There's nothing wrong with a can-do attitude, especially when you're born into a world that wasn't built for you. I see this in the disabled community often. People [not all] with disabilities seem to carry this chip on their shoulder, subconsciously daring anyone to challenge them to carry it...Due to the obvious limitations. That "anything you can do I can do better, I can do anything better than you" chip, which hinders that person to be realistic. Anything I've ever done in life, I've always kept my disability in my radar or peripheral because while it doesn't dictate my capabilities, it is my reality. Figuring my situation Many [disabled] people that I've encountered have the idea that "I'm just like everyone else" instead of "I'm just like everyone but..." because the truth of the matter is no situation is typical.  I don't know Emily personally, this observation is based off my viewing the show & merely responding to what was aired. Living with similar issues as Emily, I can relate to much of the same experiences as she. I can empathize with her. 

As this blog post was being typed in the many days after this encounter, I found out that sweet baby JJ died of complications relating to his ailments. I was devastated!! In fact I reached out again to share my condolences. I wanted so much to send her a bracelet but I never recieved a response. 

I was torn between sharing this post & keeping it to myself in light of JJ's transition. But I want to share my feelings about this & how deeply it effected me. There are many things in this life that I've done, some good and some not so good. But one thing I will NEVER regret is my feelings towards having a healthy child, free of OI & the devastation that comes with it. No matter how independent I am, that will NEVER interfere with the realities that OI entails....I hope my Haley Jean & JJ have found one another in the Heavens...I know they both are free...They are free!  

End The Awkward...

I'm Christine, 35 yrs old single mom of one, born & raised in Chicago, certified Paralegal, never married....Oh & I'm disabled! Yea I know that was a mouth full. The irony is that when explaining or introducing myself to someone who's just met me,(and hasn't seen me) not only do I sound like a Match.com ad, but they're not expecting me to be disabled. The goal of this piece is to share with others my most awkward moments transferred with people who aren’t familiar with those with a disability. In my experience, I’ve found that people get tongue tied, often confused as to what to say and do in my presence. College life was the first time I ever really had the opportunity of exchanging pleasantries with individuals who were visibly different than I; able bodied. In fact I noticed how students were only social with those they felt more relatable to. For example, the Asian students only engaged with each other, the African American & Caucasian students were close etc. However the few disabled students were ironically loners, perhaps so withdrawn that hanging with other disabled students would assume that exact same pattern as other students. That or hanging together made more of an eyesore. So I did what any other self respecting disabled person would do….Hung out with the old foggies!! During all 3 terms of college life, I’ve found this pattern to exist in every setting; Junior college, during my two year Associate's Degree program and Undergrad, all conspiring to one enchanting fellowship with a more mature audience. Honestly, I’m fine with that. I’ve always been told that I was an “Old Soul” so I assume it’s only appropriate. Don’t get me wrong, it’s not that I minded, though it would’ve been a nice change of pace to interact with my generation, occasionally discussing who’s cute, the latest gossip or “Did you hear that new track by R. Kelly?”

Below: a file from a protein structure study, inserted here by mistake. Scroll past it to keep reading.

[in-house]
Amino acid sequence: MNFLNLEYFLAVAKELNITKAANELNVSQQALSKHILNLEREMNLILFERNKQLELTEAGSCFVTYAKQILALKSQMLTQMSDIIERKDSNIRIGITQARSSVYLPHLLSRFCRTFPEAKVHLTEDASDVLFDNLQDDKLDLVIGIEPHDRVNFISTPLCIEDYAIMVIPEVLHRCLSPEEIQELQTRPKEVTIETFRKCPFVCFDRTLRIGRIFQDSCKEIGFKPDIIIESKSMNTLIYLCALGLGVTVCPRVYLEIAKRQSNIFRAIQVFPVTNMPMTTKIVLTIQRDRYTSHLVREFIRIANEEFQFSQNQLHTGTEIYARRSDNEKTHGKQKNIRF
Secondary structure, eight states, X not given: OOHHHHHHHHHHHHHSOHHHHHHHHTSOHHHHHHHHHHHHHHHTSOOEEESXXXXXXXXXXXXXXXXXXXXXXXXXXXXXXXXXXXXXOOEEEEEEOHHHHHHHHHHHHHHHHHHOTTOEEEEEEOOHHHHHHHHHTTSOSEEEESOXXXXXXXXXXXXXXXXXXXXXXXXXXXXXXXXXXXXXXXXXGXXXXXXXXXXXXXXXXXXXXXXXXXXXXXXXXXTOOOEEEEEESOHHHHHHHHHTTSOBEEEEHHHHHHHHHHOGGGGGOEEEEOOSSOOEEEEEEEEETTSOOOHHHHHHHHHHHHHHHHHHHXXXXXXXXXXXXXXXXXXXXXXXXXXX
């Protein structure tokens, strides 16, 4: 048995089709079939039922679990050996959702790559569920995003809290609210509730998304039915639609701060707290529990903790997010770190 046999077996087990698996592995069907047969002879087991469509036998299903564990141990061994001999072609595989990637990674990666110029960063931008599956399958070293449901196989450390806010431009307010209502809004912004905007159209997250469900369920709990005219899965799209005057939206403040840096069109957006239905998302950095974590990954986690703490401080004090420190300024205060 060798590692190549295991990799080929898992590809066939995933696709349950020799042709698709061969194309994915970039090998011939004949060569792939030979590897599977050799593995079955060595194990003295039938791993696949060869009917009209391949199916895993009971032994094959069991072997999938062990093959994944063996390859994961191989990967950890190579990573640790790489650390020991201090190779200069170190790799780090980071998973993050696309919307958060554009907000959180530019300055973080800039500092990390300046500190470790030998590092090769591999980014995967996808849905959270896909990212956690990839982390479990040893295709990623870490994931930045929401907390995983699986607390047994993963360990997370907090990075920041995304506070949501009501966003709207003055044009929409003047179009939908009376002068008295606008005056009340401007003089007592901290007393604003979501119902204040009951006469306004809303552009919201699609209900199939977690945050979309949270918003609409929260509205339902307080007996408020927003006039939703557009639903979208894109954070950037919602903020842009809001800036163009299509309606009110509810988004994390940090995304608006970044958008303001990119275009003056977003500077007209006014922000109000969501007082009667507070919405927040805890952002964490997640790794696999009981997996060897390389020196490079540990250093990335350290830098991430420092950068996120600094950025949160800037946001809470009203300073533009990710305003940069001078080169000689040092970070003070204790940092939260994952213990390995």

One of many encounters that were rather odd began on my first visit to my OB/GYN, after finding out that I was pregnant. This particular office is for pregnant women ONLY or for women trying to become pregnant. So when I rolled my bloated belly in this predominantly able bodied office, all eyes were on me! I felt so uncomfortable. I can remember calling my sister telling her that I was about to leave because I just couldn’t handle the stares. Even though I get stared at a lot, these were different stares...These were stares of “Hey, what’s she doing here? She must be lost! She’s not pregnant, she’s in a wheelchair! Is she pregnant? She can’t be, she’s in a wheelchair!” At least that’s how I fathomed them to be. Typically I can handle 5 year olds following me throughout the grocery store or that creepy guy leering at me around the coat racks in Target…. I handle that by saying…”HEY, HOW Ya DOIN?” rather loud & obnoxious….Then he’ll speak, totally unaware that he just got served!! I like to see the look on his/her face when I do that!!! When children stare they don’t understand, they’re merely making an observation of someone that looks very different from them. They don’t see a person like me everyday, so for them to stare is totally expected & normal. Anyhow, I began to not look forward to my visits. Each visit seemed harder & harder to deal with because I would always encounter those same glares. So one day, I felt for pairs of eyes inspecting me like an exhibit in a museum. Finally I said “Hello, I’m Christine, and you?” The conversation went from there. While I didn’t want to make the forefront of our conversation about being pregnant and disabled, I found that it actually was the Pink Elephant in the Room so once I minimized it as being just a “Pregnant woman” things went smoothly and after I broke that chain of curiosity, they, including myself felt totally relieved. I knew then that my pregnancy was much more than that; it was a learning experience for all that I encountered. I realized that many people just weren’t used to being around a person with a disability. I’ve always wanted the opportunity to educate others about me, Osteogenesis Imperfecta and the effects it has towards my quality of life. We can all learn from each other...There are many ways to End the Awkward, one way is to simply start by saying "Hello!" Typically the conversation can proceed from there. Ask questions, just as you would to a person without a disability. Initiate a general topic and you'll be surprised where this will take you. I've made friends by allowing them to break the ice, friends whom are still very dear to me now. Don't be afraid! Talking to a person with a visible disability is just like talking to a stranger on the bus. We can talk, in fact if many are like me I LOVE it!! Making new friends is a way to spread your story, you'll also be surprised how impactful your journey just might be for someone else. Let's join the movement & let's End The Awkward!!!